A vacant 16th Century building in Wellingborough town centre is to become a pub operated by an award-winning local brewery this Autumn.
The Hart Family Brewers, based at Nene Court in Wellingborough, will open the ‘Old House’ at 29-30 Sheep Street, in early November.
The Grade II listed timber framed ‘Tudor House,’ as it is locally known, is owned by the Borough Council of Wellingborough. Originally two houses and part of the Croyland Abbey estate, much of the ground floor is Medieval, and the foundations are thought to date back to AD 948, with later Tudor editions. It is one of the few domestic buildings which survived the great fire of Wellingborough of 1738 and the only thatched house in the town.
Councillor Martin Griffiths, Leader of the borough council, said: “We’re delighted to have an independent local business with such great ideas take over the lease and bring this iconic Wellingborough building back into use.
“The Hart Family Brewers are a popular local business and we welcome any businesses who can improve the offer and choices for visitors to our town centre.
“As a listed property, its use is limited, so this is an ideal solution. This restoration work is another example of how the council are improving the town’s historical buildings and bringing them back into use, as well as investing in its estate for income generation.”
The borough council were recently recognised by the Wellingborough Civic Society for the quality of the restoration works they completed at the Tudor House, which included re-thatching the roof, installing new floors and redecoration to prepare the property for lease.
This is not the first time the building has been associated with brewing. In the late 19th Century and early 20th Century, it was owned by the Wellingborough brewery company William Dulley & Sons, who restored and gifted the building to Wellingborough Urban District Council in 1920. Since then the building has been used as an antique shop, the Tudor House Restaurant and as a Chinese restaurant.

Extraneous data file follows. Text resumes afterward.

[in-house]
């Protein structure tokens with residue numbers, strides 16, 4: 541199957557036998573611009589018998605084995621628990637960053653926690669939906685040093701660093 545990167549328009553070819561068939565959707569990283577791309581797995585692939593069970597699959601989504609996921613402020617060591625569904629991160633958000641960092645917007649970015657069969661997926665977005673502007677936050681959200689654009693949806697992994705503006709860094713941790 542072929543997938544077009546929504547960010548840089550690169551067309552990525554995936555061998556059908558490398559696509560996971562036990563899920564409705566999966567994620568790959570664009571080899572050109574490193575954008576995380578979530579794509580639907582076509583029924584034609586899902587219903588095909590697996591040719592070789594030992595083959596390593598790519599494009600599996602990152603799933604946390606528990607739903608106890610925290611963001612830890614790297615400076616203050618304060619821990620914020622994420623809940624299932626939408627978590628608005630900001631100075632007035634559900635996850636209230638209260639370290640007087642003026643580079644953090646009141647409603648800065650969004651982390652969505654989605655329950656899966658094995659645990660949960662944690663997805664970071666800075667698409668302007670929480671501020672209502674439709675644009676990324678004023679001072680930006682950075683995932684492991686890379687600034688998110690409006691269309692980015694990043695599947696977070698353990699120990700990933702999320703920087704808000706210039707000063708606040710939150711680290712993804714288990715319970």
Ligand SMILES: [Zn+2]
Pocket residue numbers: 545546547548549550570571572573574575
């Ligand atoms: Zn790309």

The ‘Old House’s’ imminent landlords, Rob and Sarah Hart, produce and sell a range of cask and bottled beers and India Dry Gin at their custom-built brewery, which they opened at Nene Court in 2012.
Visitors can look round a working brewery and buy their products on Monday to Friday from 10am to 4pm and on Saturdays from 10am to 5pm, with free tasting on offer every Saturday.
Mr Hart is working closely with the Wellingborough Museum to piece together information and images of the building which will be displayed in the Old House.
He said: “It’s such a stunning building and we want to make sure we do it justice. Looking through old postcards depicting buildings on Sheep Street, we noticed many were captioned ‘Old Houses,’ hence the pub name was decided!
“We are also working closely with the borough council to ensure this venture is commercially sound and respectful of the unique character of the premises.”
He added: “We will major on our own beers and offer selected guest beers, including beers from other UK regions. We’ll also sell our own gin and single malt, bar snacks from local producers, plus we’ll have the best wine list in Wellingborough, compiled from our hand selected premium wines which we sell at our brewery.”
Downstairs there will a bar area and seating, with further seating upstairs. Rob and Sarah also plan to open a courtyard beer garden and host regular music nights and a film club showing cult classics.
The property is one of many in Wellingborough where the occupier qualifies for rate relief because it has a rateable value of less than £12,000. The borough council are also introducing a discretionary relief scheme following the award of Government funding to cover the increase in business rates imposed by the Inland Revenue in their recent re-valuation of business properties. In addition, public houses with a rateable value of up to £100,000 will be given a one-off lump sum of £1000 as part of the relief measures.